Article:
The inputs aren’t the only thing that make this speaker special. There’s also a number of different touch controls on the front. To the right of the power button you’ll find a mode switch button, then playback controls for pausing/playing songs and skipping between tracks. Next to those is a touch sensitive record option because yes, you can use this as an audio recorder if you want to. Then there’s the Roar option which automatically boosts the volume of the speaker. After that is a Mic Beam control, Mic mute control, answer/end phone calls button, and finally volume up and down buttons. Again, they’re not actually physical buttons but rather touch sensitive controls. Anything you’d want to control with the speaker you can do without touching your source device.
Then there’s the app. It’s fairly intuitive and easy to get around, but it gives you access to a number of cool features. You can select from a few different EQ profiles or if you don’t like any of them, just make one yourself. Then there’s all of the add-ons. Unfortunately I only had a 64gb micro SD card and the iRoar requires a 32GB one so I wasn’t able to test any of them. But trust me, there are plenty to choose from.
Battery life usually depends on how you use the speaker, and that’s definitely the case here. Creative claims a battery life of 20 hours, but on max volume with the Roar Boost turned on we only got about 7. On average volume with the Roar boost turned off we were able to get closer to Creative’s claim but still not quite 20. We got about 17 hours, which is pretty good considering average volume is still loud enough for most use cases.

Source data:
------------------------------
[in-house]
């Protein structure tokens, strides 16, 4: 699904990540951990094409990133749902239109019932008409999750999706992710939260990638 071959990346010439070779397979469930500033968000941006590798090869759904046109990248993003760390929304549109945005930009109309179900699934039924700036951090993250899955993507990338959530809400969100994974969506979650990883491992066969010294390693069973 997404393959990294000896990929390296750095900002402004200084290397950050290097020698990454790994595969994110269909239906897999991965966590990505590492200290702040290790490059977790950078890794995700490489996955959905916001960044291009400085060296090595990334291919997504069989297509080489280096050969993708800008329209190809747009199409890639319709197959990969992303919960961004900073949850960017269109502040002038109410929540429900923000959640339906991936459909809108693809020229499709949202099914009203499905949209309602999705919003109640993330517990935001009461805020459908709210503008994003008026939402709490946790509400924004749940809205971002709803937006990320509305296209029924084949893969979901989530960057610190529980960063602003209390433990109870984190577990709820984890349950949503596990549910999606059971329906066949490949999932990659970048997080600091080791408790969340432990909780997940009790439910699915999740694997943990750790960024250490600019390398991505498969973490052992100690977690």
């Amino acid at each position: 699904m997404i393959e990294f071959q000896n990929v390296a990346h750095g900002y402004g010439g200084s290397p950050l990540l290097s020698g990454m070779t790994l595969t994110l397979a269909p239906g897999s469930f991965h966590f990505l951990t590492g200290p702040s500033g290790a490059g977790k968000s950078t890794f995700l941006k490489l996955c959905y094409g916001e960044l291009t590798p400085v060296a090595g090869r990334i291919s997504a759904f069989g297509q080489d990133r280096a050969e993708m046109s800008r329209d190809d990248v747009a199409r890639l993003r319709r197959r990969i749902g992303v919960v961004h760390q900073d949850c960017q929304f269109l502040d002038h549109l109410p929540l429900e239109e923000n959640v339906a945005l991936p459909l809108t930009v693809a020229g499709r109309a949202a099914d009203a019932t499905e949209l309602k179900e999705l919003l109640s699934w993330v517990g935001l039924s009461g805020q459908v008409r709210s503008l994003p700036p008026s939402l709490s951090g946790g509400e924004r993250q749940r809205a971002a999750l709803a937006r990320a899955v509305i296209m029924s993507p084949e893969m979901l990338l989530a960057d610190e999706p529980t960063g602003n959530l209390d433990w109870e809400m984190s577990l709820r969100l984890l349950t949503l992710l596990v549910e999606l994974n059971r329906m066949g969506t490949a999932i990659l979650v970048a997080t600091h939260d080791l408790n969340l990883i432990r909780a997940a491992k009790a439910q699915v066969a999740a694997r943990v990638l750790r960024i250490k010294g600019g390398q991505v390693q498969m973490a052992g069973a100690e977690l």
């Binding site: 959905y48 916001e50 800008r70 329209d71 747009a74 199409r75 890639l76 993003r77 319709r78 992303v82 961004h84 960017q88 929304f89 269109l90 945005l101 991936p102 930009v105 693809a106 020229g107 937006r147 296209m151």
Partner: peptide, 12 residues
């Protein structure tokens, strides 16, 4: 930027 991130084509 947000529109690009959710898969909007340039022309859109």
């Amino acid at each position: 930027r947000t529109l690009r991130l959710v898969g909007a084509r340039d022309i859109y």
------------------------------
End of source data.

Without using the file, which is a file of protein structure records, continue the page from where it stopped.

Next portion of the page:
There’s so many ways to test sound quality from this speaker. We did most of our testing via Bluetooth with the flat “Audiophile” sound profile. But there are so many different ways you can connect to the iRoar that it’s really up to your preferences. For movies, you might want a little more bass to highlight the explosions while you may want a flatter sound for music. This speaker can pretty much do it all.
The low end is nice and tight and never became overbearing on the flat profile. Bass kicks and bass guitars stayed neatly behind the vocals but still had enough power to make their presence known. Again, if you like a little more thump in your music you can easily adjust that with the EQ settings via the app.
The mids were equally clear and the guitar in “Dirty Paws” by Of Monsters and Men weaved seamlessly in and out of the vocals. When all of the instruments come in during the chorus it does get very slightly muddy, but not by much and the overall sound is still pretty clear.
The highs in this speaker are equally great. Even on max volume there was never a piercing sound that became painful and many details in my favorite songs easily made their way through. One example of this is in “Winter Prayers” by Iron & Wine. You can hear his fingers scraping over the guitar strings as he picks his way through the song.
If you can’t already tell, I loved this speaker. There’s just a lot to like about it. The build looks nice enough if you keep it clean and wouldn’t look out of place on a home entertainment system and you can connect basically anything you want to it. The app is also intuitive and gives you complete control over a bunch of cool features, but it’s the sound that did it for me. This speaker sounds amazing and puts everything I’ve heard in the past few months to shame. Unfortunately, that’s reflected in it’s $370 price tag which is almost twice as expensive as the Roar2. That said, I wouldn’t say it’s twice as good as the Roar2 and as great as it is it’s hard to recommend it at that price, but if you do spend the money you won’t regret it.